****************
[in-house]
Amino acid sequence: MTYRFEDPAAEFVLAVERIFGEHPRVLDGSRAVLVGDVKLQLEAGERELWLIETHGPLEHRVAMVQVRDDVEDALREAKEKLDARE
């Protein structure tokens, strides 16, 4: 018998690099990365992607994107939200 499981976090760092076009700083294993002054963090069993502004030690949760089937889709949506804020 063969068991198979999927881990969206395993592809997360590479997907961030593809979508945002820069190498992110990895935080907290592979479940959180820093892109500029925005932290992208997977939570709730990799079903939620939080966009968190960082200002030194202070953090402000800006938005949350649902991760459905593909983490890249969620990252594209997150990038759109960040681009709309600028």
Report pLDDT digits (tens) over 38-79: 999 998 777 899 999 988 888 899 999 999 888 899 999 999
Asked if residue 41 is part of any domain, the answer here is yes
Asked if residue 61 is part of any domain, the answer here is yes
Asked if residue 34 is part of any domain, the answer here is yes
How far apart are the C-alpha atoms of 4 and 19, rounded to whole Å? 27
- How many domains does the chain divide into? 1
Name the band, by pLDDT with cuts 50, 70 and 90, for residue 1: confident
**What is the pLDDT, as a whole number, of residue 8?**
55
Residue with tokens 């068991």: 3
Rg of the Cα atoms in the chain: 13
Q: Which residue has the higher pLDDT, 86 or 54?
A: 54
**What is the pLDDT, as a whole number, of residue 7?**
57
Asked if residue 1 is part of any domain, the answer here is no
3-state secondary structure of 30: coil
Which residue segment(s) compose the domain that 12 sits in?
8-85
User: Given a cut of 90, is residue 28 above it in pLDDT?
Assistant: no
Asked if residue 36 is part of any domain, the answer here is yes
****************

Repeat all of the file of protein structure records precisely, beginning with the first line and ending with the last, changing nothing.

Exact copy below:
[in-house]
Amino acid sequence: MTYRFEDPAAEFVLAVERIFGEHPRVLDGSRAVLVGDVKLQLEAGERELWLIETHGPLEHRVAMVQVRDDVEDALREAKEKLDARE
């Protein structure tokens, strides 16, 4: 018998690099990365992607994107939200 499981976090760092076009700083294993002054963090069993502004030690949760089937889709949506804020 063969068991198979999927881990969206395993592809997360590479997907961030593809979508945002820069190498992110990895935080907290592979479940959180820093892109500029925005932290992208997977939570709730990799079903939620939080966009968190960082200002030194202070953090402000800006938005949350649902991760459905593909983490890249969620990252594209997150990038759109960040681009709309600028």
Report pLDDT digits (tens) over 38-79: 999 998 777 899 999 988 888 899 999 999 888 899 999 999
Asked if residue 41 is part of any domain, the answer here is yes
Asked if residue 61 is part of any domain, the answer here is yes
Asked if residue 34 is part of any domain, the answer here is yes
How far apart are the C-alpha atoms of 4 and 19, rounded to whole Å? 27
- How many domains does the chain divide into? 1
Name the band, by pLDDT with cuts 50, 70 and 90, for residue 1: confident
**What is the pLDDT, as a whole number, of residue 8?**
55
Residue with tokens 């068991």: 3
Rg of the Cα atoms in the chain: 13
Q: Which residue has the higher pLDDT, 86 or 54?
A: 54
**What is the pLDDT, as a whole number, of residue 7?**
57
Asked if residue 1 is part of any domain, the answer here is no
3-state secondary structure of 30: coil
Which residue segment(s) compose the domain that 12 sits in?
8-85
User: Given a cut of 90, is residue 28 above it in pLDDT?
Assistant: no
Asked if residue 36 is part of any domain, the answer here is yes